Blend Interactive created the above interactive map for the upcoming Web 2.0 Summit. Screenshot from map.web2summit.com.
You could call it one of those offers you can’t refuse. When John Battelle called up Blend Interactive and said that he wanted them to submit a proposal to make an interactive map for his annual Web 2.0 Summit, the Sioux Falls firm decided it was an opportunity they probably shouldn’t pass up.
Blend Interactive is a design and development firm that originally met Battelle when they started working with Federated Media Publishing. Battelle and O’Reilly Media founder Tim O’Reilly are co-moderators of the annual Web 2.0 Summit taking place in San Francisco, November 15-17. The theme for this year’s summit is “Points of Control: The Battle for Network Economy” and Battelle knew that Blend could create an interactive map to build buzz and drive requests for signup to the seventh annual invitation-only summit.
The concept of the map is showcasing the current world of Web 2.0 and the battle grounds of claiming new territory in an ever-changing space. Senior interactive Designer at Blend, Sam Otis, knew exactly how to make a map exude the colorful and competitive nature of the Web 2.0 space. “We wanted to invoke the feel of an old explorer map combined with a game feel like a Risk gameboard,” Otis said.
The Blend team met with Battelle after the Memorial Day weekend in May to start deciding where everyone should be placed on the map. “We had to figure out how to determine the size of each player on the web. We ended up developing a sort of power rankings list and started placing on the map,” said Joe Kepley, director of development and partner at Blend.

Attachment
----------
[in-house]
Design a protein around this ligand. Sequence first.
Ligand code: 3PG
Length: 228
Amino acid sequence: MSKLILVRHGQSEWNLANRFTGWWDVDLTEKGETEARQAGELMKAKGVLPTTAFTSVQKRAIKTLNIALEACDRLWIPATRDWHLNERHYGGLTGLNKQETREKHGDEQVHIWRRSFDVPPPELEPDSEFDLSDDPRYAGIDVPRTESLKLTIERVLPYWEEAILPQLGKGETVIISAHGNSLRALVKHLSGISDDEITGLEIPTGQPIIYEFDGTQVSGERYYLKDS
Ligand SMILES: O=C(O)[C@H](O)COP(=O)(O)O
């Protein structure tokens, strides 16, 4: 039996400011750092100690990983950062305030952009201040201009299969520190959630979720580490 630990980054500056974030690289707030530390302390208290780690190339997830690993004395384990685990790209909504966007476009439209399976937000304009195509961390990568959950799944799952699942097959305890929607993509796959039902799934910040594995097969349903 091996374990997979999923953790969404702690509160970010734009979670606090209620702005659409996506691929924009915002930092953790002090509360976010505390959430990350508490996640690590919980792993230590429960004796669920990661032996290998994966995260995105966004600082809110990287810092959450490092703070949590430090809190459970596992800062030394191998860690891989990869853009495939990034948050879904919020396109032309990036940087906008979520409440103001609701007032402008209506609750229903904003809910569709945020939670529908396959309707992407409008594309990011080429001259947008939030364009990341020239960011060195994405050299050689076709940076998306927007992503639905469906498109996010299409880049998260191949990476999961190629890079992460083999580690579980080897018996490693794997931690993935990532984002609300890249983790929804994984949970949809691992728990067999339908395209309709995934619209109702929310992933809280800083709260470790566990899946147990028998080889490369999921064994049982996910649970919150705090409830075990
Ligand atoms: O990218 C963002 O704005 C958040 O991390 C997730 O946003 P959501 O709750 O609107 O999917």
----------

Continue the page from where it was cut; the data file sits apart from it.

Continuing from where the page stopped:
The “Points of Control Map” has roughly 100 different companies on it and allows the user to not only read and follow the movement of each player in the Web 2.0 space, but also encourages conversation and open discussion about the placements. “We really wanted people to talk about specific points on the map, but also have threaded conversations about larger topics,” Kepley said.
Creative director and partner at Blend, Karla Santi, explained the process of the map going from idea to reality. She mentioned the map started as a whiteboard covered in sticky notes (below) to a scribbled drawing with arrows going in every direction. After deciding on locations the map became a heavily-layered design file and was brought to life for the web.
Blend Interactive’s interactive map for the upcoming Web 2.0 Summit began as a white board covered with sticky notes. Photo from John Battelle.*
Since its launch date on August 30, the map has already garnered tons of attention with over 22,000 site visits in the first week and an astounding average visit site time of five minutes. As you interact with the map it is quite easy to get lost and really study the current state of the web. Blend has already been making iterations to the map and has a few more additions planned in the near future before the November summit.
“The fun thing about working with John (Battelle) is you have to go at the speed of John…a mile a minute. We’re excited to be part of the Web 2.0 Summit,” Kepley said. The Blend team gave me a heads up that you may find a little Easter egg if you interact with their logo on the map. That’s all I’m going to say.
*Update 3:45 p.m.: When published, photo was credited to Blend Interactive, it should be to John Battelle.